Meaning of SCADA
SCADA stands for Supervisory Control and Data Acquisition. As the name indicates, it is not a full control system, but rather focuses on the supervisory level. As such, it is a purely software package that is positioned on top of hardware to which it is interfaced, in general via Programmable Logic Controllers (PLCs), or other commercial hardware modules. SCADA systems are used not only in industrial processes: e.g. steel making, power generation (conventional and nuclear) and distribution, chemistry, but also in some experimental facilities such as nuclear fusion. The size of such plants range from a few 1000 to several 10 thousands input/output (I/O) channels. However, SCADA systems evolve rapidly and are now penetrating the market of plants with a number of I/O channels of several 100 K: we know of two cases of near to 1 M I/O channels currently under development. SCADA systems used to run on DOS, VMS and UNIX; in recent years all SCADA vendors have moved to NT and some also to Linux.

Hardware Architecture

One distinguishes two basic layers in a SCADA system: the "client layer" which caters for the man machine interaction and the "data server layer" which handles most of the process data control activities. The data servers communicate with devices in the field through process controllers. Process controllers, e.g. PLCs, are connected to the data servers either directly or via networks or field buses that are proprietary (e.g. Siemens H1), or non-proprietary (e.g. Profibus). Data servers are connected to each other and to client stations via an Ethernet LAN. The data servers and client stations are NT platforms but for many products the client stations may also be W95 machines. .

Communications

Internal Communication
Server-client and server-server communication is in general on a publish-subscribe and event-driven basis and uses a TCP/IP protocol, i.e., a client application subscribes to a parameter which is owned by a particular server application and only changes to that parameter are then communicated to the client application.

Access to Devices
The data servers poll the controllers at a user defined polling rate. The polling rate may be different for different parameters. The controllers pass the requested parameters to the data servers. Time stamping of the process parameters is typically performed in the controllers and this time-stamp is taken over by the data server. If the controller and communication protocol used support unsolicited data transfer then the products will support this too. The products provide communication drivers for most of the common PLCs and widely used field-buses, e.g., Modbus. Of the three fieldbuses that are recommended at CERN, both Profibus and World flip are supported but CANbus often not [3]. Some of the drivers are based on third party products (e.g., Applicom cards) and therefore have additional cost associated with them. VME on the other hand is generally not supported. A single data server can support multiple communications protocols: it can generally support as many such protocols as it has slots for interface cards. The effort required to develop new drivers is typically in the range of 2-6 weeks depending on the complexity and similarity with existing drivers, and a driver development toolkit is provided for this.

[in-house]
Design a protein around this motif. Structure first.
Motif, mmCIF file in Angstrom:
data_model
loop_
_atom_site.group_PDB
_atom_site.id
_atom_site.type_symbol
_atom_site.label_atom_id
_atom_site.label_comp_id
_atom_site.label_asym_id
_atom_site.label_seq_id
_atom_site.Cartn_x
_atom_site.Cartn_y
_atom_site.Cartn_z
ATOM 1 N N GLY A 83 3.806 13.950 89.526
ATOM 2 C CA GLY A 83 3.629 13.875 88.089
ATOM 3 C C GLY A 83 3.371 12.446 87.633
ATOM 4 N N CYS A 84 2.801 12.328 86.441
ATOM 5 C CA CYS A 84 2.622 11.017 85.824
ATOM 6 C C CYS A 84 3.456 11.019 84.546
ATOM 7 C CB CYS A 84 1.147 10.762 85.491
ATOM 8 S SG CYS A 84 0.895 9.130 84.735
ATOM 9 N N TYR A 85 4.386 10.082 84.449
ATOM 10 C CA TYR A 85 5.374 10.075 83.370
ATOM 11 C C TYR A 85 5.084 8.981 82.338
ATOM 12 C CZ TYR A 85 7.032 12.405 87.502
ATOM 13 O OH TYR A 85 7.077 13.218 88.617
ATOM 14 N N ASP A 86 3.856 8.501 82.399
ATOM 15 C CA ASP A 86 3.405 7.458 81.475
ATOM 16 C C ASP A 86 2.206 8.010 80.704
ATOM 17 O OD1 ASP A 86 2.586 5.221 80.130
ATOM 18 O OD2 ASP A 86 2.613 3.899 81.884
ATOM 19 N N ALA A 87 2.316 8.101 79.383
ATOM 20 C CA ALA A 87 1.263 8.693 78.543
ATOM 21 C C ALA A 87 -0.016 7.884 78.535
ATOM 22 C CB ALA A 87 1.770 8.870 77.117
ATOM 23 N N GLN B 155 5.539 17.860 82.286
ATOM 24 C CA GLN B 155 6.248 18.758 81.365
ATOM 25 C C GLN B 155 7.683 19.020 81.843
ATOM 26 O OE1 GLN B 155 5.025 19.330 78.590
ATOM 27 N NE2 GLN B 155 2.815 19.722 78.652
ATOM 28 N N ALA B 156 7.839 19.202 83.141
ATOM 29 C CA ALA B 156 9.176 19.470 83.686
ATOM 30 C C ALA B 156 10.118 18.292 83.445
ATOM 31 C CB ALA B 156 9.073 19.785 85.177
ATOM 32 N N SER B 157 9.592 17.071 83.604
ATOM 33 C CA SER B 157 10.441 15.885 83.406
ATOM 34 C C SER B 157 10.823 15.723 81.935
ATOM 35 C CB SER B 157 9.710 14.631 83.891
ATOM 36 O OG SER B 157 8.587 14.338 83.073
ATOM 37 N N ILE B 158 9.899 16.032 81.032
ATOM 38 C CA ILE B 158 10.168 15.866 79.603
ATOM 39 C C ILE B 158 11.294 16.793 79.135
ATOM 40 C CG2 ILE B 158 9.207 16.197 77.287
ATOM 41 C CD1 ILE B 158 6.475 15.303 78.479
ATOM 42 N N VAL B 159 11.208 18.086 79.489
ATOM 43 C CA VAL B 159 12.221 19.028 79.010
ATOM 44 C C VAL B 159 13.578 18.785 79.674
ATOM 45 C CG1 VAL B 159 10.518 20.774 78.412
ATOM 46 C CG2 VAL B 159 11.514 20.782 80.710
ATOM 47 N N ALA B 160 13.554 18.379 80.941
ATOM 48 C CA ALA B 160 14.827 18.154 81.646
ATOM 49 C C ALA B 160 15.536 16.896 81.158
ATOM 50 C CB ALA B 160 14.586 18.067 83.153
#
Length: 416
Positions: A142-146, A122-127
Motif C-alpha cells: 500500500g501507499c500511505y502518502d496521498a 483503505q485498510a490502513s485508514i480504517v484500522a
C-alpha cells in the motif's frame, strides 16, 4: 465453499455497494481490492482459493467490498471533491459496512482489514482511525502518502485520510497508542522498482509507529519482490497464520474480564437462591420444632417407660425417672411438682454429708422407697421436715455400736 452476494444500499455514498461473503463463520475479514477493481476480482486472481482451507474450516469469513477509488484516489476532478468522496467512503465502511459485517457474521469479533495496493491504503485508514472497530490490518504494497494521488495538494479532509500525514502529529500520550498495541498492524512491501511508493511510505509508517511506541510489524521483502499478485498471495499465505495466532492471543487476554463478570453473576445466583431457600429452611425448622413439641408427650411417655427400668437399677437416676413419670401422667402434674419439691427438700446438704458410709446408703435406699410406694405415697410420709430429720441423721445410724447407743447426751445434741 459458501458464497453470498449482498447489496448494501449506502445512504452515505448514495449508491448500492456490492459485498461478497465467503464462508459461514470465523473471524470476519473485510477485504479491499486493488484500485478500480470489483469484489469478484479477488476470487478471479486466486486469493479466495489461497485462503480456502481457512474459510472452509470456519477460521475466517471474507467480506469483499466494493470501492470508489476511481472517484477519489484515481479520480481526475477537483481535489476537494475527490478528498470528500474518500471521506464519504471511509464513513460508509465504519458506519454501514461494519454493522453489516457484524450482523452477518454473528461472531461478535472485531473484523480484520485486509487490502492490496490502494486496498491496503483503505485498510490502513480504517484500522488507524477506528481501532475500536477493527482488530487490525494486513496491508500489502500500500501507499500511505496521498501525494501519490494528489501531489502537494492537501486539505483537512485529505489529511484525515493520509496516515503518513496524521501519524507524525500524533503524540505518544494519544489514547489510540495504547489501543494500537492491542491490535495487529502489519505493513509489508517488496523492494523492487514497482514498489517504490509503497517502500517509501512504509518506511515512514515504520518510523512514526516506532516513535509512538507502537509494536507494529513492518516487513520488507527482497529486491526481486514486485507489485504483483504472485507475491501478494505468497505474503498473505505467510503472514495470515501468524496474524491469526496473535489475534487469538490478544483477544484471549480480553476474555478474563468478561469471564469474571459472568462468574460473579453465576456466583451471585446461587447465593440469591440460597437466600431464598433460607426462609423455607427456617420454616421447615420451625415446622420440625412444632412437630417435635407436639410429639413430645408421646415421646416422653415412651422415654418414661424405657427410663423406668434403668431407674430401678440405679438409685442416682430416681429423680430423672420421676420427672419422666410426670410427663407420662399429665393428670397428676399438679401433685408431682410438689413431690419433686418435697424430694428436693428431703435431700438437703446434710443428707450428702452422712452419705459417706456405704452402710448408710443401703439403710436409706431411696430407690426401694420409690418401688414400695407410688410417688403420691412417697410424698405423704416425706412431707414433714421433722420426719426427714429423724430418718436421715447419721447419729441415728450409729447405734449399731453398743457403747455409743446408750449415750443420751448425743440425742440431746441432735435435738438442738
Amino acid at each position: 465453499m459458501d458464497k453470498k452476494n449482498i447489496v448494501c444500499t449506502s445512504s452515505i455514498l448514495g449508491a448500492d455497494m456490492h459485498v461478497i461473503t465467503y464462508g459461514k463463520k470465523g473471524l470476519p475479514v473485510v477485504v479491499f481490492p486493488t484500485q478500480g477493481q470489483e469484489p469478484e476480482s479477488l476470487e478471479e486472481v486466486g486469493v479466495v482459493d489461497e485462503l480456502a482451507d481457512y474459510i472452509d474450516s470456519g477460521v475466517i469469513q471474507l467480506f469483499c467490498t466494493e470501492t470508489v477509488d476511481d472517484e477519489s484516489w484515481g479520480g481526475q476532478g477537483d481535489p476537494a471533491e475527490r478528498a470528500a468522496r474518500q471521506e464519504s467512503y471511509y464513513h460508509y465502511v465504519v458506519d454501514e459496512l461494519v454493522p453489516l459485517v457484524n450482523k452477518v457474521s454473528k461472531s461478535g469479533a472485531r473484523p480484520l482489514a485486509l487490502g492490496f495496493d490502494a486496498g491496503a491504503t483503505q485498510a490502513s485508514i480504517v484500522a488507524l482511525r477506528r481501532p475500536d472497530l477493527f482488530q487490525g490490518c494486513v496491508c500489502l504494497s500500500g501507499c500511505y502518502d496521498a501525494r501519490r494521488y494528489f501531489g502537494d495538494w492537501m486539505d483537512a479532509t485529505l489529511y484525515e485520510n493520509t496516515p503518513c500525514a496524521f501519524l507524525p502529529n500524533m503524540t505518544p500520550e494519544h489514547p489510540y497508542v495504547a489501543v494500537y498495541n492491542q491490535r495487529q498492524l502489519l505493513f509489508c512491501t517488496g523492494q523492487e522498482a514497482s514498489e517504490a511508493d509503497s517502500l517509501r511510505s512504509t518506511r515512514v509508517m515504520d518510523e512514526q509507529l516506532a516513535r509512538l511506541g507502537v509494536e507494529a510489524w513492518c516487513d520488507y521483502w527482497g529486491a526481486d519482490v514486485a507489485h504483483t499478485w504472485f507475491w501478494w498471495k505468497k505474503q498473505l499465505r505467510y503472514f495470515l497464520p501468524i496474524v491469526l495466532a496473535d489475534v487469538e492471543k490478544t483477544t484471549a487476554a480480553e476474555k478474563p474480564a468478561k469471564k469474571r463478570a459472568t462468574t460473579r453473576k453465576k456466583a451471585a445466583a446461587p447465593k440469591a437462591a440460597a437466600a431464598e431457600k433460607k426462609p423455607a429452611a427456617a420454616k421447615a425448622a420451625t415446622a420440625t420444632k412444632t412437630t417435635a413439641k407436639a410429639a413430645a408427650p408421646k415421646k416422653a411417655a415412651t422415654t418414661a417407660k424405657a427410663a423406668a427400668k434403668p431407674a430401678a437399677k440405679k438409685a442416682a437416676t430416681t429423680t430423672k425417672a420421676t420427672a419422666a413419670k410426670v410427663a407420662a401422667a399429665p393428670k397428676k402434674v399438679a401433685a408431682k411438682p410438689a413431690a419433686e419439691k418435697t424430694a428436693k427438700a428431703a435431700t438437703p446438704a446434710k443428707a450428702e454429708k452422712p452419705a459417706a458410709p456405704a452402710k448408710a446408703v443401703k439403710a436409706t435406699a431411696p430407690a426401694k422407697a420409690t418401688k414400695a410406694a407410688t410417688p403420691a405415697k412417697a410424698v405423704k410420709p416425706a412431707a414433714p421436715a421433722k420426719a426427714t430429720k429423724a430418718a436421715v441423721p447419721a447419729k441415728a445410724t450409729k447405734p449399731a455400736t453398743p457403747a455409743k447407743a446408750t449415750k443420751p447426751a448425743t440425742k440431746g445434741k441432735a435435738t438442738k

Interfacing

The provision of OPC client functionality for SCADA to access devices in an open and standard manner is developing. There still seems to be a lack of devices/controllers, which provide OPC server software, but this improves rapidly as most of the producers of controllers are actively involved in the development of this standard. OPC has been evaluated by the CERN-IT-CO group [4]. The products also provide

An Open Data Base Connectivity (ODBC) interface to the data in the archive/logs, but not to the configuration database,

 

An ASCII import/export facility for configuration data, A library of APIs supporting C, C++, and Visual Basic (VB) to access data in the RTDB, logs and archive. The API often does not provide access to the product's internal features such as alarm handling, reporting, trending, etc.

The PC products provide support for the Microsoft standards such as Dynamic Data Exchange (DDE) which allows e.g. to visualize data dynamically in an EXCEL spreadsheet, Dynamic Link Library (DLL) and Object Linking and Embedding (OLE). The configuration data are stored in a database that is logically centralized but physically distributed and that is generally of a proprietary format. For performance reasons, the RTDB resides in the memory of the servers and is also of proprietary format.

Functionality

Access Control
Users are allocated to groups, which have defined read/write access privileges to the process parameters in the system and often also to specific product functionality.

MMI